Getting Started with MIDI and Pro Tools
Once you start learning your way around Pro Tools, you probably want to know how to start using MIDI, right? To get started with MIDI devices and Pro Tools, you first need to know just what you have to buy to do some MIDI-ing yourself. Well, sorry to inform you that you can’t do any of this cool MIDI stuff with your vintage Stratocaster guitar or your acoustic drum set (unless you do some fancy rigging to your gear). What you do need is
- A sound generator: This device, which enables you to hear the music, can be a synthesizer, drum machine, sound module, or sampler.
- A MIDI controller: This device controls the MIDI instruments in your studio. You’ll most likely use the MIDI functions in Pro Tools for this purpose. This may also be your keyboard, electronic drum pads, or other MIDI instruments (such as the Roland GK3).
- A sequencer: This device records and plays the MIDI performances that are programmed into it. The sequencer allows you to program your part into the synthesizer and have it play back automatically (much like the old-time player piano). Again, you’ll most likely use Pro Tools software for this, but you can use a sequencer in your keyboard if you prefer.
- A MIDI interface: The MIDI interface is used to enable your computer to send and receive MIDI data. Many audio interfaces also include MIDI ports. You also find MIDI devices that include USB ports for MIDI connectivity.
This sounds like a lot of stuff, but most of this gear performs more than one function in the MIDI studio. For example, nearly all synthesizers come with drum sounds, and some synthesizers even include a sequencer. In this case, this one synthesizer can do the job of sound generator, drum machine, MIDI controller, and sequencer all in one.
Sound generators and Pro Tools
The sound generator is the core of the MIDI studio. This is what produces the sounds that you hear. Without it, you may as well skip the rest of the stuff because (of course) you won’t hear any of your work.
Sound generators can come in many different shapes and sizes: a fully functional keyboard synthesizer, an independent drum machine, a standalone sound module, samplers, software synthesizers (soft-synths), and a computer sound card. Each of these devices has its strengths and weaknesses.
There are different types of sound generators. Although you may find one piece of equipment that does everything you want, here, you take a peek at all the separate features that different equipment may have to help you understand the function of each feature and decide how to configure your studio.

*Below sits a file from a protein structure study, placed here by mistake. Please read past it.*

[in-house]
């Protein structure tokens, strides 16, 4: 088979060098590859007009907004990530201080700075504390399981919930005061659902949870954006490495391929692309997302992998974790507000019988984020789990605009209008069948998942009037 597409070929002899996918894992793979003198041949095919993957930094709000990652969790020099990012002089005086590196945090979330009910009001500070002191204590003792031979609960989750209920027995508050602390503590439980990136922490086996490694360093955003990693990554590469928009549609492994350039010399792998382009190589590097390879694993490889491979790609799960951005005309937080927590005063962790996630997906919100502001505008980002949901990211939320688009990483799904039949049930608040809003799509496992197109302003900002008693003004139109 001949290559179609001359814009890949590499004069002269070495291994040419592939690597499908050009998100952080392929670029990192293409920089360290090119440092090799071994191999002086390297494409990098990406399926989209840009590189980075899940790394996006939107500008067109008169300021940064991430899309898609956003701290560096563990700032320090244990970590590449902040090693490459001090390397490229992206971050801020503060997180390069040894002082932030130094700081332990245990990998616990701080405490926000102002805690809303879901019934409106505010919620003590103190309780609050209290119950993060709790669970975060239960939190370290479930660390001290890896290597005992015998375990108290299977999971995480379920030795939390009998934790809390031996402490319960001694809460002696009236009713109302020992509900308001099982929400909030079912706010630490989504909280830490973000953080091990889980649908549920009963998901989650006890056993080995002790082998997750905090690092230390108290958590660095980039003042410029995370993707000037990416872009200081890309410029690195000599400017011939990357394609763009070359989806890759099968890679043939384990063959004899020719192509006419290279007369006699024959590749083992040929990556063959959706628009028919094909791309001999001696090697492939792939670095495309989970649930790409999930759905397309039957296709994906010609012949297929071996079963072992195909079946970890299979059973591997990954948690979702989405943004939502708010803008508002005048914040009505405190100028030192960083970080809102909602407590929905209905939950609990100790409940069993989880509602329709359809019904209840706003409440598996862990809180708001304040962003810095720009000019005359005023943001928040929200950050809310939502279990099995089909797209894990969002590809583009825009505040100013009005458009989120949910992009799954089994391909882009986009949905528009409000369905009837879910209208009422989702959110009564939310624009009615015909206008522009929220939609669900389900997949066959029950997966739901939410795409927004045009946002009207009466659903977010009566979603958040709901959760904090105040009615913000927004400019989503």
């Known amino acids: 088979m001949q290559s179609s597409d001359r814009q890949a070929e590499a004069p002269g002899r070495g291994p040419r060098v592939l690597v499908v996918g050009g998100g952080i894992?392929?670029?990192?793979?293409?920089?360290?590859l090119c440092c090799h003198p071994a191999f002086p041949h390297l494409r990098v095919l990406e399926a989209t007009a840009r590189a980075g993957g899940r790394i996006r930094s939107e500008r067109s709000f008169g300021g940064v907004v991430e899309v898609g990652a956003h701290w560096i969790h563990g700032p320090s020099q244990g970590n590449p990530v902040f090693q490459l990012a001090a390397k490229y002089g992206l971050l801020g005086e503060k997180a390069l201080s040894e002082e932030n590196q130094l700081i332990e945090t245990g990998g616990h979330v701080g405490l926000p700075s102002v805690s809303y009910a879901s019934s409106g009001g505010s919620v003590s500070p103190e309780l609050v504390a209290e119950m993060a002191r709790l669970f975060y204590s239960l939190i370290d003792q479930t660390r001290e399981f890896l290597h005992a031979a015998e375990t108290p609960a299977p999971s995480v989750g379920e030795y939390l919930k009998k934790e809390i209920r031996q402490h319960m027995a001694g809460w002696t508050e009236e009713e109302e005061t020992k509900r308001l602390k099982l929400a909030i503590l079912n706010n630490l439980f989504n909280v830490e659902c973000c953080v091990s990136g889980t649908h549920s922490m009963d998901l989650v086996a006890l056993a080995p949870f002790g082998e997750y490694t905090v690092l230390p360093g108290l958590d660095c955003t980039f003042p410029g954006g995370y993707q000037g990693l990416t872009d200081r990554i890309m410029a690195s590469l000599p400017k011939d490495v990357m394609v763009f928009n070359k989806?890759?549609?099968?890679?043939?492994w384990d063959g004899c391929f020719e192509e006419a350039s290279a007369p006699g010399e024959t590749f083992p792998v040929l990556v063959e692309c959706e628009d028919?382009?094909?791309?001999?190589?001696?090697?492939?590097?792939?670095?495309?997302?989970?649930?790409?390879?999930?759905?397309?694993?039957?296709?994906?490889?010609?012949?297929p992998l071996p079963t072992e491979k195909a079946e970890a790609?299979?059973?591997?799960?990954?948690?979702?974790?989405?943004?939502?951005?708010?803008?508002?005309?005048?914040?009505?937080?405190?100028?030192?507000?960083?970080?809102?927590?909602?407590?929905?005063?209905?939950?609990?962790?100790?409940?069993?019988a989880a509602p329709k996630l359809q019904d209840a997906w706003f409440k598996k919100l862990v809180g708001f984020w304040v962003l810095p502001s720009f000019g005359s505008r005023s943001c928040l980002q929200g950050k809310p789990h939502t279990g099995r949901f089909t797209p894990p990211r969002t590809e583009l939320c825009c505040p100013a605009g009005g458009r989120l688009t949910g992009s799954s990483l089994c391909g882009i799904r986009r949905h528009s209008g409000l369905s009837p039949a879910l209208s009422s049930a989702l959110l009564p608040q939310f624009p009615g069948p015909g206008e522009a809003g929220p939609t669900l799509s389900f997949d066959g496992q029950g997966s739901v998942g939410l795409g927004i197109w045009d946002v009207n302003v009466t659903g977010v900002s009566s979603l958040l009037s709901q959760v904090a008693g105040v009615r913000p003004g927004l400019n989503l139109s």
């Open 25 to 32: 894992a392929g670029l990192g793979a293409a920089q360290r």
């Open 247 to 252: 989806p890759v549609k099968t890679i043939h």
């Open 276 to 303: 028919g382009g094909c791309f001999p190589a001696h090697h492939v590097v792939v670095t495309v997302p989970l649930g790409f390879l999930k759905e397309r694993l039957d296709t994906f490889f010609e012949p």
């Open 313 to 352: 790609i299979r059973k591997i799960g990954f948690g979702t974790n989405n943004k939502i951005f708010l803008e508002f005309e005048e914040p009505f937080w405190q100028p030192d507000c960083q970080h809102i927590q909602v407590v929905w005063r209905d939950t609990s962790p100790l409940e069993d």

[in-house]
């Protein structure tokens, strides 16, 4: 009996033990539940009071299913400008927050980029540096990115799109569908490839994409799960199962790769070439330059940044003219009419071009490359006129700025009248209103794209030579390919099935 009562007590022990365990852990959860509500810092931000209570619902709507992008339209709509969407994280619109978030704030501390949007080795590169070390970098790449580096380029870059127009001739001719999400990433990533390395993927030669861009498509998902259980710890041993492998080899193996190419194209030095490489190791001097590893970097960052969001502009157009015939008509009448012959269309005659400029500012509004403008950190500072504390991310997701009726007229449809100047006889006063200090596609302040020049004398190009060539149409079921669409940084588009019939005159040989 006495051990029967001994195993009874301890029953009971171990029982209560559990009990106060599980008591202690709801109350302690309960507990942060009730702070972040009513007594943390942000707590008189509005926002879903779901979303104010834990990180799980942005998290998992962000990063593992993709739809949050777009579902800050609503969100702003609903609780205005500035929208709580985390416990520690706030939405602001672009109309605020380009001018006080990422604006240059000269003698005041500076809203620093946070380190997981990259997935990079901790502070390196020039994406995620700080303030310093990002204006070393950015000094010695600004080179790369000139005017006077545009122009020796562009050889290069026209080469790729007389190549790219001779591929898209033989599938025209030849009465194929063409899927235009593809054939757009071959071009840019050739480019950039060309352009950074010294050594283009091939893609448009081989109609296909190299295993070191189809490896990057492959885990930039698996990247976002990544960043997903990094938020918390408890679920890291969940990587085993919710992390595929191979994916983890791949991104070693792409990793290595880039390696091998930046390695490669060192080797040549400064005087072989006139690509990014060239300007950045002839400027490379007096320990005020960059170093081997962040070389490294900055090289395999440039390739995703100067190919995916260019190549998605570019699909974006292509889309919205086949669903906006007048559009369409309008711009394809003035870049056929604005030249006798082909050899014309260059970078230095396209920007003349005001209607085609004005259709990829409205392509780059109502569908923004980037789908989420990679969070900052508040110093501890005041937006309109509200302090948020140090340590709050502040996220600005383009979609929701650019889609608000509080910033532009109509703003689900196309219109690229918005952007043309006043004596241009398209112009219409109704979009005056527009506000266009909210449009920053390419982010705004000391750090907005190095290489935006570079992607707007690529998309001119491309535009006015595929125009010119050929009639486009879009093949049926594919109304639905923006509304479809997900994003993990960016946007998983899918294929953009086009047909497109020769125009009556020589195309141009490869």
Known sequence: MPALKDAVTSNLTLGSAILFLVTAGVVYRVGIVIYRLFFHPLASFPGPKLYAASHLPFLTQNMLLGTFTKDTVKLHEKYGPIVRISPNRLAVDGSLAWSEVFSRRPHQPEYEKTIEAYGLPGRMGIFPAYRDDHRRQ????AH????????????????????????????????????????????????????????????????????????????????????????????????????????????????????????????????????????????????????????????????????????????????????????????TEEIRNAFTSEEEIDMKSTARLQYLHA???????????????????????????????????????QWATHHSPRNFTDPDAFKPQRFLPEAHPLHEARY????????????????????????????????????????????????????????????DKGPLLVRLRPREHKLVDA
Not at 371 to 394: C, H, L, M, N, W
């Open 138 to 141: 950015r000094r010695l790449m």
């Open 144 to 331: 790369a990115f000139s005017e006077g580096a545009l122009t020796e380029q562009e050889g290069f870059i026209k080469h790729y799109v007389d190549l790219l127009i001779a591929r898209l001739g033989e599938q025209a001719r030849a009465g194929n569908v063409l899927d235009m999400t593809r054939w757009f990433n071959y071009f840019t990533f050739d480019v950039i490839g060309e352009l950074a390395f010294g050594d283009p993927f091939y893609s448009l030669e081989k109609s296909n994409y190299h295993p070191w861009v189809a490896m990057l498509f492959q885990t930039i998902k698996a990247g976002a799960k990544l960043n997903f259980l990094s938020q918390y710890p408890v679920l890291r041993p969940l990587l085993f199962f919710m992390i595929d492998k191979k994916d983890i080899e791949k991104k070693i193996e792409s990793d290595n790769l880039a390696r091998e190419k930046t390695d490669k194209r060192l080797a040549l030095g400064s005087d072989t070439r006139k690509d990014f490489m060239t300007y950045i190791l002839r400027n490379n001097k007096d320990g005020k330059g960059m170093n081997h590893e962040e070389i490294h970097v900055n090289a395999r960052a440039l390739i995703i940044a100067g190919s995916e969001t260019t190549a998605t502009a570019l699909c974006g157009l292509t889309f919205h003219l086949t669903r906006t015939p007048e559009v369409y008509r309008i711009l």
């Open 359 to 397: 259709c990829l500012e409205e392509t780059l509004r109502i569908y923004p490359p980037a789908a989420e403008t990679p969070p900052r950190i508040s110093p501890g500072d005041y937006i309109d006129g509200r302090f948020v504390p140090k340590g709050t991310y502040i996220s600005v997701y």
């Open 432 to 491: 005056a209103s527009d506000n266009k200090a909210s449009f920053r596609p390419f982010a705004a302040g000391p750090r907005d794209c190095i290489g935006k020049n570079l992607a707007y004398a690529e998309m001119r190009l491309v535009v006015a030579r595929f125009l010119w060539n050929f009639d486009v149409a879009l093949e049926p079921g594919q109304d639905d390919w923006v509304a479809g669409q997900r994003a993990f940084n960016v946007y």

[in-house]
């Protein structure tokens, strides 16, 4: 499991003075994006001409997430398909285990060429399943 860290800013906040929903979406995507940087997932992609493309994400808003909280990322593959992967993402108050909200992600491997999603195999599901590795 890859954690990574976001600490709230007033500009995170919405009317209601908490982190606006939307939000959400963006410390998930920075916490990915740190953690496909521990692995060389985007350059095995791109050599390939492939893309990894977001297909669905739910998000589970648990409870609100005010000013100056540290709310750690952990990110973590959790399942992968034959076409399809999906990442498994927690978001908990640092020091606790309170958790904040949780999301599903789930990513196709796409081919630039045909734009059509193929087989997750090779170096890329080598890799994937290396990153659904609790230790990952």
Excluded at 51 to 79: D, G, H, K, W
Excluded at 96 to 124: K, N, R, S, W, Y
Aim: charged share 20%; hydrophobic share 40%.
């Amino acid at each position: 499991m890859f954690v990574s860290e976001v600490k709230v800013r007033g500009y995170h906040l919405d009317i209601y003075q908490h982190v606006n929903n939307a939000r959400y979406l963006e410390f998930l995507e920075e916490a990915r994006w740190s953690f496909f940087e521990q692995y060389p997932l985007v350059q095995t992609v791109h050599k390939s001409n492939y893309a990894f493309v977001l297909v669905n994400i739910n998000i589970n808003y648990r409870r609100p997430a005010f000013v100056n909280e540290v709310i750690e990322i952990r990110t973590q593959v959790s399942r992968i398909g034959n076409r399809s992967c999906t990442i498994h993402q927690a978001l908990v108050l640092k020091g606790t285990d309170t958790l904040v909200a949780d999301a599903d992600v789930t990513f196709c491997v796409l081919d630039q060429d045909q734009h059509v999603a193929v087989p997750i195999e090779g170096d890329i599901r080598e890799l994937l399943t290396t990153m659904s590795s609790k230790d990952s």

A synthesizer consists of not only sounds but also a keyboard on which you can play these sounds. Synthesizers come in a variety of sizes and configurations. For example, some keyboards come with 61 keys (5 octaves), and others provide as many as 88 keys (the number on an acoustic piano keyboard).
If you’re in the market for a synthesizer, you need to consider several things:
- Polyphony: Polyphony is the number of notes that sound at one time. Most decent synthesizers nowadays have at least 16 notes of polyphony although models that can produce 32 notes at once are not uncommon.
Each manufacturer treats polyphony differently, and the GM standards allow some variations on the effective use of this parameter. For instance, a synth patch may use more than one digital sound to create the actual sound you hear. The synth patch that you love so much may, in fact, consist of four different sounds layered atop one another. In such a case, you just reduced your polyphony by three-fourths, just by using that one patch. If your synthesizer has 16-note polyphony, it’s now down to 4-note polyphony because each of those 4 notes has four “sounds” associated with it. If you use this patch, you can play only 4 notes (a simple chord) at a time, not the 16 that you thought you had to work with.
Your best bet is to buy a synthesizer (or sound module) with the highest polyphony you can get, especially if you want to layer one sound on top of another or do multitimbral parts with your synth.
- Multitimbrality: Most decent keyboards allow you to play more than one sound patch at a time. This is multitimbrality, which basically allows you to have your keyboard divided into several groups of sounds. For example, a multitimbral synth can divide a song’s chords, melody, bass part, and drum set sounds into different groups of sounds — and then play all those groups at once.